What policies can bridge the divide between the public’s concern about the climate crisis and their unwilling-ness to pay additional taxes on energy?
Recent New York Times polling found that 83% of Americans (including 61% of Republicans) believe that global warming will be a serious world problem if nothing is done about it. The public’s high level of concern about global warming does not translate into willingness to pay more for carbon. The poll found 63% of the public opposed to higher gasoline taxes, and 74% opposed to higher electricity taxes.
One low-cost, high-return approach would be for the government to set and promote voluntary guidelines and targets for individual carbon emissions limits similar to the “recommended daily allowances” the FDA sets for calorie and sodium intake. The Recommended Carbon Limit (RCL) for Americans could be set, for example, at 27,500 pounds (12.5 metric tons) of CO2 emissions per year (30% below the existing U.S. per capita average or more than 50% above the European average), and could be reduced 5% annually from there. Just as with food’s “nutrition facts” box, the RCL could be paired with a labeling campaign, which could, for example, inform consumers at the gas pump that using a gallon of gas emits 20 lbs of CO2, or state on their electric bills how much CO2 was used to generate their electricity.
The purpose of the RCL would be to raise consumers’ awareness of their carbon emissions and how those emissions contribute to the world’s CO2 problem, and to encourage consumers to set limits on their emissions.
Establishing an RCL would generate enormous controversy and debate about the individual’s duty to conserve carbon, the role of government in setting carbon limits, what the appropriate carbon limits should be, and whether there should be different limits depending upon where one lives. These debates would highlight the consumer’s role in carbon reduction and raise awareness of key carbon-reduction issues that receive little public attention. The debates would also highlight key issues hindering carbon reduction efforts, such as many communities’ dependence on coal-generated power, poor mass-transit in suburban and rural area, and the difficulties of financing home weatherization and solar panel installation.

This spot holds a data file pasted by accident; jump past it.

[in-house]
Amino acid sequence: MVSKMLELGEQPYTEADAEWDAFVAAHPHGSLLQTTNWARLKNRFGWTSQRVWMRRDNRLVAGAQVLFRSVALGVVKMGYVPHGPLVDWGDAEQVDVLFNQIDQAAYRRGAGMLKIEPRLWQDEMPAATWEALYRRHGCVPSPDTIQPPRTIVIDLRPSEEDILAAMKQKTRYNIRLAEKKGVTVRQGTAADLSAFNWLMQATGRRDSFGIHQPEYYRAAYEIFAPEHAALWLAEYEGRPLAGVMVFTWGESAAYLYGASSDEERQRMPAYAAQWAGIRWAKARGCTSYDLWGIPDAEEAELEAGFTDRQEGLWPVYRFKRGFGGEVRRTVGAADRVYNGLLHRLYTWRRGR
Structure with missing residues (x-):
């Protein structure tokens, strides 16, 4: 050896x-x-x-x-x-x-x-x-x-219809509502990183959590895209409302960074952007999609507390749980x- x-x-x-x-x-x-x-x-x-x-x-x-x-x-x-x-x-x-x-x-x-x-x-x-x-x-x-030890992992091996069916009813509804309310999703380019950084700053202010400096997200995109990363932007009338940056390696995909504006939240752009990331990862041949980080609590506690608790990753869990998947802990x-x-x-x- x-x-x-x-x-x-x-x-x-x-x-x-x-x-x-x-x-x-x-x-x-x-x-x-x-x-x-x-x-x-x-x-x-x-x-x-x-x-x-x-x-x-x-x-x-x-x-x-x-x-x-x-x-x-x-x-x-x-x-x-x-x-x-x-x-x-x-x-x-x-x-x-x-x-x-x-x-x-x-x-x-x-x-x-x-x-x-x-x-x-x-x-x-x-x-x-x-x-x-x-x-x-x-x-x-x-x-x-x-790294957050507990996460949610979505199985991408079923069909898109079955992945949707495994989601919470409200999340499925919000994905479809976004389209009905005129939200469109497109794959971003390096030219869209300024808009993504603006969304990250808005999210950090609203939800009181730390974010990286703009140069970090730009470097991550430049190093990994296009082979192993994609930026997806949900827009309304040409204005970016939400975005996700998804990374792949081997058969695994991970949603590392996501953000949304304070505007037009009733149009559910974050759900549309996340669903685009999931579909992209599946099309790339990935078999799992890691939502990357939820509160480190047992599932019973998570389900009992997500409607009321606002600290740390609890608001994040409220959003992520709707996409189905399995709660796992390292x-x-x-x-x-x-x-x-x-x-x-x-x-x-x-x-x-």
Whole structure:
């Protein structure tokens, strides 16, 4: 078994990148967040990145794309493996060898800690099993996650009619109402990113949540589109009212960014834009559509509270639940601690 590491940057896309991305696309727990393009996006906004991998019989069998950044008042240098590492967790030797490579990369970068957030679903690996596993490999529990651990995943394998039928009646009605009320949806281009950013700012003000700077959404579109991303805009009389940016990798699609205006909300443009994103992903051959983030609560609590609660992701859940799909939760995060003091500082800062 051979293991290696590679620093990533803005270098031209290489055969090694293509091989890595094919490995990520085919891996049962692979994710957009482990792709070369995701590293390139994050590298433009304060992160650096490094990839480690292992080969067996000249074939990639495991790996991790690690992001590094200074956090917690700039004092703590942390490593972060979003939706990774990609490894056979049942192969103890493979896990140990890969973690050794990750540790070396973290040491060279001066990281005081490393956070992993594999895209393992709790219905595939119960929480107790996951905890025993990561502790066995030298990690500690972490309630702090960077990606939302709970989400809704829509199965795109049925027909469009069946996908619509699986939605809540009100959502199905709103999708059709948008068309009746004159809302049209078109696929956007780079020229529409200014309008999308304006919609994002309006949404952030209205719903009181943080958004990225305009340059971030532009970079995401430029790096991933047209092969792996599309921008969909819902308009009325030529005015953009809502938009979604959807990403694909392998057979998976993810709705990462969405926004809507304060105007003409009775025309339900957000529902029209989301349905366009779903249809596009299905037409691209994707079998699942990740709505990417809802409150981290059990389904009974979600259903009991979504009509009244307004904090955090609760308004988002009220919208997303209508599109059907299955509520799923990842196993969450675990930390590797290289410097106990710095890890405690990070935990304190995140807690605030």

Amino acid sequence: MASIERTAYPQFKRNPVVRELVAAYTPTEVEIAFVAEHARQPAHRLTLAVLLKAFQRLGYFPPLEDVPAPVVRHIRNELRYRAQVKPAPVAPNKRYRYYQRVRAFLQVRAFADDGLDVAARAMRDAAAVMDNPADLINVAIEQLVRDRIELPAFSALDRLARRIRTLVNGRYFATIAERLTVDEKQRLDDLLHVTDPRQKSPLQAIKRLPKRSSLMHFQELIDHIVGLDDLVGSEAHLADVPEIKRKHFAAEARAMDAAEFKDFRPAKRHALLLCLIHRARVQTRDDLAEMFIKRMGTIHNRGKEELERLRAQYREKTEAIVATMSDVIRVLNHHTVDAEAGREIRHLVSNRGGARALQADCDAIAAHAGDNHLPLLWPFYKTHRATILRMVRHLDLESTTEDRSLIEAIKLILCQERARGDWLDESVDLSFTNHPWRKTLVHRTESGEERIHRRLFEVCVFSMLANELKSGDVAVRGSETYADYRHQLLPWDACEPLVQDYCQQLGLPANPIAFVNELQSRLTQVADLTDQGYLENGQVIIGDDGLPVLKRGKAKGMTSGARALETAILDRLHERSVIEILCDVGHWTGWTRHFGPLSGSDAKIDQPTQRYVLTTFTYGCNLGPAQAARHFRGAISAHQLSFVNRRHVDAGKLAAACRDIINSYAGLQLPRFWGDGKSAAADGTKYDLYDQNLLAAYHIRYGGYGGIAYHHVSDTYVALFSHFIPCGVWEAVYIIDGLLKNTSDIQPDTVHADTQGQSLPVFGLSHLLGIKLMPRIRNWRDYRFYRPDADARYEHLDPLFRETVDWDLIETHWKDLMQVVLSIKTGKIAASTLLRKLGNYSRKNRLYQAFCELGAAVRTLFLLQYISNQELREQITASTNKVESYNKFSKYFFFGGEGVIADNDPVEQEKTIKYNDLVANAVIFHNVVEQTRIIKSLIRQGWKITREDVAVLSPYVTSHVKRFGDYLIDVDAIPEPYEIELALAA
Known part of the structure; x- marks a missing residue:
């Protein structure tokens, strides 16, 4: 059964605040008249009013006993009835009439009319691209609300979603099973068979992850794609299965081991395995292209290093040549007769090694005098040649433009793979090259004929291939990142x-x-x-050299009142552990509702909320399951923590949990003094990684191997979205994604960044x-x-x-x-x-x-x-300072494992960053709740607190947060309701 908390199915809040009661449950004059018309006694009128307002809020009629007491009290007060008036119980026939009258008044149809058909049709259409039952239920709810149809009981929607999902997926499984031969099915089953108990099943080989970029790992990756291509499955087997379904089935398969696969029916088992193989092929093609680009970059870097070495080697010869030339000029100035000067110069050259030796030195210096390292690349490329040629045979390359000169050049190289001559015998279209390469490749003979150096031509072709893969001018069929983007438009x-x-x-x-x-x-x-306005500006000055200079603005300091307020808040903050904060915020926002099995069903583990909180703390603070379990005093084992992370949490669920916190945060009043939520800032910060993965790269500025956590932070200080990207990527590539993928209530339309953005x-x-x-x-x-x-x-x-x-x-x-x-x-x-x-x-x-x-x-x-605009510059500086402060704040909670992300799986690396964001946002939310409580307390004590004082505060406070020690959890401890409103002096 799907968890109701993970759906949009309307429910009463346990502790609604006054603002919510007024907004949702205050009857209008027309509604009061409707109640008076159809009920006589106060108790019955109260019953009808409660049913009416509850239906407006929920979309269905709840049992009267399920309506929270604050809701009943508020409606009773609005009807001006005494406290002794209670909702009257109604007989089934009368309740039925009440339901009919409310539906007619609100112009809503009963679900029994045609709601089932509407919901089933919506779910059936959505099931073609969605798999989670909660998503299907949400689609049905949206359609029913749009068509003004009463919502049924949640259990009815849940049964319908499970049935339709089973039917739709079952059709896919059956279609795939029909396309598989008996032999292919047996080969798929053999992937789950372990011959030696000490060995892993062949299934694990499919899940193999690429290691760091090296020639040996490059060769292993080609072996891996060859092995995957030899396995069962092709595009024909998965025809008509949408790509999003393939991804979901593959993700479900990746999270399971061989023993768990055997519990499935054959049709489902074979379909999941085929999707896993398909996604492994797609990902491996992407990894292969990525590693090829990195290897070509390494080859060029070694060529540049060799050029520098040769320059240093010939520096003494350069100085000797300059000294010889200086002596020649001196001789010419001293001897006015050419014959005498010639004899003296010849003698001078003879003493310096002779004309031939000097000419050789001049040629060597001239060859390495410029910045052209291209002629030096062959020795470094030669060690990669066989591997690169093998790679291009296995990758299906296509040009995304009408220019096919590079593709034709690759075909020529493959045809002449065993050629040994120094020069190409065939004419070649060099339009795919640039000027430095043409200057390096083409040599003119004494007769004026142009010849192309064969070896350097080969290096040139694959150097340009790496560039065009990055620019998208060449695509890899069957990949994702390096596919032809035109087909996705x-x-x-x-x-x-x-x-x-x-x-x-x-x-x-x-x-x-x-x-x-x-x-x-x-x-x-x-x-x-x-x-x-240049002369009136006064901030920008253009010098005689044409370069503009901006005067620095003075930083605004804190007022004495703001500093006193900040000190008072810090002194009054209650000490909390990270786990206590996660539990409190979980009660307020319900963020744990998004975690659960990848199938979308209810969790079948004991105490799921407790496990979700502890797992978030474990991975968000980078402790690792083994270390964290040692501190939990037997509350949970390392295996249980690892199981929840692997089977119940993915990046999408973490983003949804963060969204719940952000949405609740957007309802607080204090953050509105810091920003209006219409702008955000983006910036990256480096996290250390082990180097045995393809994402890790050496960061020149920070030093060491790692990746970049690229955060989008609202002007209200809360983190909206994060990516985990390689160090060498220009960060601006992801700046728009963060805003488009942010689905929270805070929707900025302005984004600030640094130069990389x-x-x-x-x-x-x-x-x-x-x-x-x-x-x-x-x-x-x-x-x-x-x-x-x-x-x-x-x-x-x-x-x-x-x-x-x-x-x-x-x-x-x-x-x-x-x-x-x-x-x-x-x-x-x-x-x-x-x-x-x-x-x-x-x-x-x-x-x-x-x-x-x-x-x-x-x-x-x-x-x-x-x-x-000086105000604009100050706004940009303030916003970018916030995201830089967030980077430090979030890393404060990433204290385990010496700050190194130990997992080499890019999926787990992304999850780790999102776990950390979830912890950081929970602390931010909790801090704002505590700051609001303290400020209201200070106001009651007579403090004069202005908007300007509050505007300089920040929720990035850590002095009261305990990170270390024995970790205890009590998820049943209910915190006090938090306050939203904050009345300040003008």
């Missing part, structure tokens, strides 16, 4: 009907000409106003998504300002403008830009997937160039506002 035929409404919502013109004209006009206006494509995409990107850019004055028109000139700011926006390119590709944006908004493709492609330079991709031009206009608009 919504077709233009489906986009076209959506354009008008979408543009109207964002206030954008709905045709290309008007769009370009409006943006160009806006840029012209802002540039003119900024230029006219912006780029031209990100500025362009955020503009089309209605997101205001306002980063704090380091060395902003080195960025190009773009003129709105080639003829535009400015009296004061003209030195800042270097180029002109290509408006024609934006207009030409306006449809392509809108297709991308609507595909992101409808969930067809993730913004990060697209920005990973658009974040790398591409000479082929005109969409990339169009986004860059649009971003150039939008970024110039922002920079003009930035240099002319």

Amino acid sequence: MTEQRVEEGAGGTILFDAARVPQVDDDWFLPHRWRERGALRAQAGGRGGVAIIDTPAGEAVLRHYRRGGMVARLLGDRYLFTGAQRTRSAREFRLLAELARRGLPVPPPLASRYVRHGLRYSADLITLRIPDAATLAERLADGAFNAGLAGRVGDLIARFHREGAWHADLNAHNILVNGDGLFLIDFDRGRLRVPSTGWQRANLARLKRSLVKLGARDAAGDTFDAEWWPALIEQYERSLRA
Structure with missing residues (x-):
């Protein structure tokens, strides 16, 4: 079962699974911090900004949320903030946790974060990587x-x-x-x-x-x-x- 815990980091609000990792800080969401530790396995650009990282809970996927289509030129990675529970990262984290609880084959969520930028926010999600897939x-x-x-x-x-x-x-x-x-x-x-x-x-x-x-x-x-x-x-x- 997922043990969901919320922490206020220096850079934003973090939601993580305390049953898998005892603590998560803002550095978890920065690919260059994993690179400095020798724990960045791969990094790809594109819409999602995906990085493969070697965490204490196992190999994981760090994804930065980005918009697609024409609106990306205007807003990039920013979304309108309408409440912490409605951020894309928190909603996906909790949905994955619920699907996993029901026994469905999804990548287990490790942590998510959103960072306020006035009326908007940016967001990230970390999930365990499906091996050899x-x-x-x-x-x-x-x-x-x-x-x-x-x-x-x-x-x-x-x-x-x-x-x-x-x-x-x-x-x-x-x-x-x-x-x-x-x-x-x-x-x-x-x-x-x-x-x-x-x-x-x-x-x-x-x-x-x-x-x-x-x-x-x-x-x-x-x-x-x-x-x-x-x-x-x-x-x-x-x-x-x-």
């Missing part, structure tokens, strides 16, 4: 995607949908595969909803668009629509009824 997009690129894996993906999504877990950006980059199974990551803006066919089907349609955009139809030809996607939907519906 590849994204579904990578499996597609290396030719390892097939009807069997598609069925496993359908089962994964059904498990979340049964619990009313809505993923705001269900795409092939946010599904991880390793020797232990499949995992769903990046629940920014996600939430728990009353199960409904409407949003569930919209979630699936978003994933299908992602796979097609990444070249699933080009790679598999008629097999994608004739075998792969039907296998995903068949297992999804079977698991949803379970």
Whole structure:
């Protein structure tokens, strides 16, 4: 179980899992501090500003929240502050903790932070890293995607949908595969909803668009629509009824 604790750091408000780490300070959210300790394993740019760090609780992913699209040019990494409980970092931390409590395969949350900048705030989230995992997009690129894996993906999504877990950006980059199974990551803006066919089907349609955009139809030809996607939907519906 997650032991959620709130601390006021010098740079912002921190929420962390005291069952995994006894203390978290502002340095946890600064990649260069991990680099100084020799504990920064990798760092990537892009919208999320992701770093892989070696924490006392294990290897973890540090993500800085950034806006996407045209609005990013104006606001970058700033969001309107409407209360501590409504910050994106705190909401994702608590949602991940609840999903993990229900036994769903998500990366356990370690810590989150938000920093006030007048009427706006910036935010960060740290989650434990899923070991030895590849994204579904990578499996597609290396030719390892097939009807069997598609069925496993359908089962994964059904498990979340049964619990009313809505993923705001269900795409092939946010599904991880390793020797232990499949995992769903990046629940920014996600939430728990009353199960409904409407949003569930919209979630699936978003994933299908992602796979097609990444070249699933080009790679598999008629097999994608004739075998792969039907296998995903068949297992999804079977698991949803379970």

The RCL would likely be more politically popular than carbon taxes. Americans’ visceral opposition to higher taxes would be avoided. The limits would be set without regard to personal wealth, and would therefore be more egalitarian than gas taxes, which fall harder on the poor than the wealthy. The limits would be completely voluntary.
RCLs would bring out into the open the issue that has long been obscured in public debates—whether individuals’ use of carbon should have limits. Carbon limits should have the imprimatur of government, because of government’s unparalleled reach and credibility, and because it is important that the entire population understand that everyone needs to do his or her part in solving the CO2 problem.
We are running out of time to deal with the climate crisis. A clear message from the government to consumers about their role in addressing their carbon emissions is both critical and long overdue. Just as the FDA’s recommended daily allowances help people establish a healthy food diet, RCLs are necessary to help us establish a healthy carbon diet.